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Sea walls bring oceans back to life

Words by Smiley Team

You’ve probably heard of living walls before, with foliage climbing up the side of buildings that would otherwise be barren concrete and cement. But have you heard of living sea walls?

Just like plants help clean polluted city air, seaweed and shellfish help purify sea water. And this is why a group of Australian researchers from the Sydney Institute of Marine Science (SIMS) launched a project called Living Seawalls

Dedicated to rewilding harbours and other built areas of the coastline, the initiative was shortlisted from over 750 nominations, for the Earthshot Prize, a global environmental award backed by Prince William.

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“It's absolutely amazing for the team to have our work considered for the award,” said an industrial designer working on the project, Alex Goad. “It was even amazing just to be nominated because it helps validate a lot of the important research that's happened in this field over the last decade, and longer.”

While traditional man-made barriers, made with flat surfaces, are hostile to sea life, their creations create a hospitable habitat for marine life. They use recycled materials and bits of shell to create uneven panels that replicate natural rock formations. Strewn with small crevices, they offer plenty of opportunities for sea life to latch onto them, develop and thrive.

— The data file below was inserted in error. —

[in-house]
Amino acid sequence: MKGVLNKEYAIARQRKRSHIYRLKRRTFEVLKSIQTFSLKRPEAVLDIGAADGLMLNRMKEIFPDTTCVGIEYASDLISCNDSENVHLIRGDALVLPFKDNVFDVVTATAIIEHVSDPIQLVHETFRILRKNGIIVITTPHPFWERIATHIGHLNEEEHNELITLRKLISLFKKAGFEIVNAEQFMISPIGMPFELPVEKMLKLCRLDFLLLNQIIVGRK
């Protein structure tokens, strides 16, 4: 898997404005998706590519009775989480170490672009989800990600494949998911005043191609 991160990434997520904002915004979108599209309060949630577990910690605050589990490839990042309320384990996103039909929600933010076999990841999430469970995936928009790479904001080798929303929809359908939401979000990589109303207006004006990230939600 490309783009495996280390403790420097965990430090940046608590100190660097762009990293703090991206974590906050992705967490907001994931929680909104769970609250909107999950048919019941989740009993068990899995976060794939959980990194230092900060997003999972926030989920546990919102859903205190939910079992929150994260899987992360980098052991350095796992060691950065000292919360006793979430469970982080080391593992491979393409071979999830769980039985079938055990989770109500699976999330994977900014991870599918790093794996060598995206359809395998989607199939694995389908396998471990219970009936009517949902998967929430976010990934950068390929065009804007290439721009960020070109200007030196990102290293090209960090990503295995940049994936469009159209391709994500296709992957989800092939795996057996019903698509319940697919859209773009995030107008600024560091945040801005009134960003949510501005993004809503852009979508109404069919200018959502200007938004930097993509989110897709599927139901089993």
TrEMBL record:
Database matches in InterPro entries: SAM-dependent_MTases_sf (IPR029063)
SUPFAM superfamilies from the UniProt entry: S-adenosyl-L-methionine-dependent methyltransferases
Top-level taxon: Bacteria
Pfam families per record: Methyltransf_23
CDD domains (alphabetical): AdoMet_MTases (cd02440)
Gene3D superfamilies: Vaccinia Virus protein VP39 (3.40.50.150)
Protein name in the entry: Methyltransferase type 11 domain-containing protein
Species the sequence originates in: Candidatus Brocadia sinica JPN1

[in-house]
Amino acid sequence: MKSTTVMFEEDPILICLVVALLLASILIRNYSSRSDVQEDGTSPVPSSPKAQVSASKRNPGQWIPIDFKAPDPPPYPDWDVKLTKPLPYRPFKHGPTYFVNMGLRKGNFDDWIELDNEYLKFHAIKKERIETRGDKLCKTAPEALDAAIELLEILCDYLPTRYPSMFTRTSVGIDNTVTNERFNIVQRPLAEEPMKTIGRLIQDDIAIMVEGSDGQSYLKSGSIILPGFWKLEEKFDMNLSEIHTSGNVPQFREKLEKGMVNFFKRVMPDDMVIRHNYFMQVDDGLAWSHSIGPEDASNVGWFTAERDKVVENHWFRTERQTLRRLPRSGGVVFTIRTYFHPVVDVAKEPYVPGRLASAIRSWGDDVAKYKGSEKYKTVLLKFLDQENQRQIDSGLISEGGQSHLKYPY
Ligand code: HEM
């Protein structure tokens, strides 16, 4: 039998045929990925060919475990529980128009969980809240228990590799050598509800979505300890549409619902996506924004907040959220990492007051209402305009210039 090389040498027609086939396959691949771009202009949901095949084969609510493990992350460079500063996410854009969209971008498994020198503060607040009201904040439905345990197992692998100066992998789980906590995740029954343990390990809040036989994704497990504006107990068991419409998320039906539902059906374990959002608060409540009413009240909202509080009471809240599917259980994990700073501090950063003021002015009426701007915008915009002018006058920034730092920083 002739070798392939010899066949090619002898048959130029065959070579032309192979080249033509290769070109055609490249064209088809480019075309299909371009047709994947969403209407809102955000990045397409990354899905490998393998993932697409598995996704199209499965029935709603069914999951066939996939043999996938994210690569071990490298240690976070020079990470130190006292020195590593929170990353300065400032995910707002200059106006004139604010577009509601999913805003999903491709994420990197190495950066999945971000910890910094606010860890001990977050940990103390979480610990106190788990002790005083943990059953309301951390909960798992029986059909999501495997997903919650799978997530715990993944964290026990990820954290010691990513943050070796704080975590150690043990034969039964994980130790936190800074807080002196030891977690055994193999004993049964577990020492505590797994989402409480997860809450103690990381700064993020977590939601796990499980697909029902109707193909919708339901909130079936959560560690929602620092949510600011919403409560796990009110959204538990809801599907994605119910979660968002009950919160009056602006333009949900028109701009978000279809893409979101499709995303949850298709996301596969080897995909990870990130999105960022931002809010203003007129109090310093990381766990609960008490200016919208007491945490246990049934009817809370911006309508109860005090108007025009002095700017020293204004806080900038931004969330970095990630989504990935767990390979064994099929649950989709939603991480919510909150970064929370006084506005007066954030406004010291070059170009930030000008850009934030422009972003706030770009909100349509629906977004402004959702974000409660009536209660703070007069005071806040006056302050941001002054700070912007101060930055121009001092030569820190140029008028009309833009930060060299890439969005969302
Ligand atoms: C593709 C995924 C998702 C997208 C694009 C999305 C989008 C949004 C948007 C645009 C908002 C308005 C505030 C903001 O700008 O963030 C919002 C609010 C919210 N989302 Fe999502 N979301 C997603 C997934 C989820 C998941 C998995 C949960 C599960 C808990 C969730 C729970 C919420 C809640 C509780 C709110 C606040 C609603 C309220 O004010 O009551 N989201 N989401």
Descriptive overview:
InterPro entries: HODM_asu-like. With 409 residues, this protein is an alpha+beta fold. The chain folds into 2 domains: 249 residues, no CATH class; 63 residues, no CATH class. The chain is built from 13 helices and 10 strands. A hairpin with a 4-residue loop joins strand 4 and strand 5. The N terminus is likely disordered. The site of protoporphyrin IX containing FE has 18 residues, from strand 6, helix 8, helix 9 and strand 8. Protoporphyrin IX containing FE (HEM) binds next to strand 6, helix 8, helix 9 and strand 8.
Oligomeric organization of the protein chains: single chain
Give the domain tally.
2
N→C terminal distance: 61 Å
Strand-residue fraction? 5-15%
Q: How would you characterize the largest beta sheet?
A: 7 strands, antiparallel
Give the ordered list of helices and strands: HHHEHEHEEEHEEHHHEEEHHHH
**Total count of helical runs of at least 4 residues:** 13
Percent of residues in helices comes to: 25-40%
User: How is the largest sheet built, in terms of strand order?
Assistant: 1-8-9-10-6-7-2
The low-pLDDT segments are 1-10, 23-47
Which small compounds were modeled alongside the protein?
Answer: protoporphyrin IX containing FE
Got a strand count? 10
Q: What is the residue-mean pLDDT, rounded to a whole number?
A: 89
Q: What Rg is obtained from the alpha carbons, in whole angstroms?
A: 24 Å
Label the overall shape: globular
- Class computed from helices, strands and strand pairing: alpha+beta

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“I personally work closely with the project manager, Dr Maria Vozzo and the rest of the team to take the natural geometries of the habitats that we find on rocky coastlines. We replicate those with Computer Aided Design modelling and 3D printing,” explained Alex. 

“Using a flexible mould, we recreate these geometries as modular panels. We're able to cast them very economically using different types of materials such as recycled materials, oyster shells, and different types of sandstone.”

Their project is constantly being developed – and if they were to win the Earthshot Prize, they would use part of the £1 million prize to replicate their work elsewhere around the world.

Alex said: “The majority of the money would go back into research, rolling out further projects in multiple cities around the world and educational programmes to encourage and inspire others to create living seawalls locally in communities and schools around the world.”

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This article aligns with the following UN SDGs

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